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S. W. Bougher (SPRL/U. of Michigan), S. Engel (LPL/U. of Arizona), D. P. HInson (Stanford University), J. R. Murphy (NMSU)
The Mars Global Surveyor (MGS) Radio Science (RS) experiment employs an ultrastable oscillator aboard the spacecraft. The signal from the oscillator to Earth is refracted by the Martian ionosphere, allowing retrieval of electron density profiles versus radius . The present analysis is carried out on four sets of occultation measurements : (1) three obtained near northern summer solstice (Ls = 74-116, near aphelion) at high northern latitudes (64.7-73.3N), and (2) one set approaching equinox conditions (Ls ~ 135-146) at high southern latitudes (64.7-69.1S). Electron density profiles (95 to 200 km) are examined over a narrow range of solar zenith angles (SZA) (76.5-86.9 degrees) for local true solar times of (1) 3-4 hours and (2) 12.1 hours.
In three of these datasets, sampling is well distributed over longitude. Specific attention is given to the height and magnitude of the primary F1-ionospheric peak observed in each of these profiles. The height of this photochemically driven peak is controlled by the neutral density structure. Variations are observed as a function of SZA (weak) and longitude (strong), with a mean height of ~134-135 km for the aphelion profiles. The magnitude of this same photochemical peak (7-9 .0 E+4 cm-3 ) reflects solar moderate conditions.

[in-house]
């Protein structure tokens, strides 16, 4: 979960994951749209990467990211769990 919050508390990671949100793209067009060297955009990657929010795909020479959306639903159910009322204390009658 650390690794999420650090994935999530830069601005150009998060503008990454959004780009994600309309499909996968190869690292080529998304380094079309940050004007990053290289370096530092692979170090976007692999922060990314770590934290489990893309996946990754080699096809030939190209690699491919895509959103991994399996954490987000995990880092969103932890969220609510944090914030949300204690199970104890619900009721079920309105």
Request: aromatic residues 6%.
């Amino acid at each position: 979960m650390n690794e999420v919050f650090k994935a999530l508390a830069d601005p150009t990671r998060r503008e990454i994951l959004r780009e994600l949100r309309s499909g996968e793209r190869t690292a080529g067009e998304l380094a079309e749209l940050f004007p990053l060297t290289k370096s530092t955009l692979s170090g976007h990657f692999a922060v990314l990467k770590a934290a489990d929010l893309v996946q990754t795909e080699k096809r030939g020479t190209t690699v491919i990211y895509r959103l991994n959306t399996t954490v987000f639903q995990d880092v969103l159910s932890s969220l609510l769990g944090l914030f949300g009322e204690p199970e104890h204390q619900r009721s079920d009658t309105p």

Seasonal inflation/contraction of the Mars atmosphere, dust storm expansion/abatement, and planetary wave processes are all thought to impact the integrated atmospheric column and the height of the dayside ionospheric peak. The Mars Thermospheric General Circulation Model (MTGCM) is exercised for Mars conditions appropriate to these RS observational periods in order to understand the underlying neutral atmosphere conditions giving rise to these ionospheric features (mean and variations). Solar moderate fluxes (F10.7 = 130), aphelion conditions (Ls = 90), and low dust opacities are specificed. The MTGCM simulations also incorporate wave features resulting from upward propagating migrating plus non-migrating tides as well as in-situ tidal forcing. Longitude variations in the height of the simulated ionospheric peak are contrasted with corresponding RS data. Tidal modes responsible for these longitude specific wave features are also identified. Clearly, the height of the dayside ionospheric peak is a sensitive indicator of the changing state of the Mars lower atmosphere. This research is funded by the NASA MGS Data Analysis Program.
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Bulletin of the American Astronomical Society, 34, #3< br> © 2002. The American Astronomical Soceity.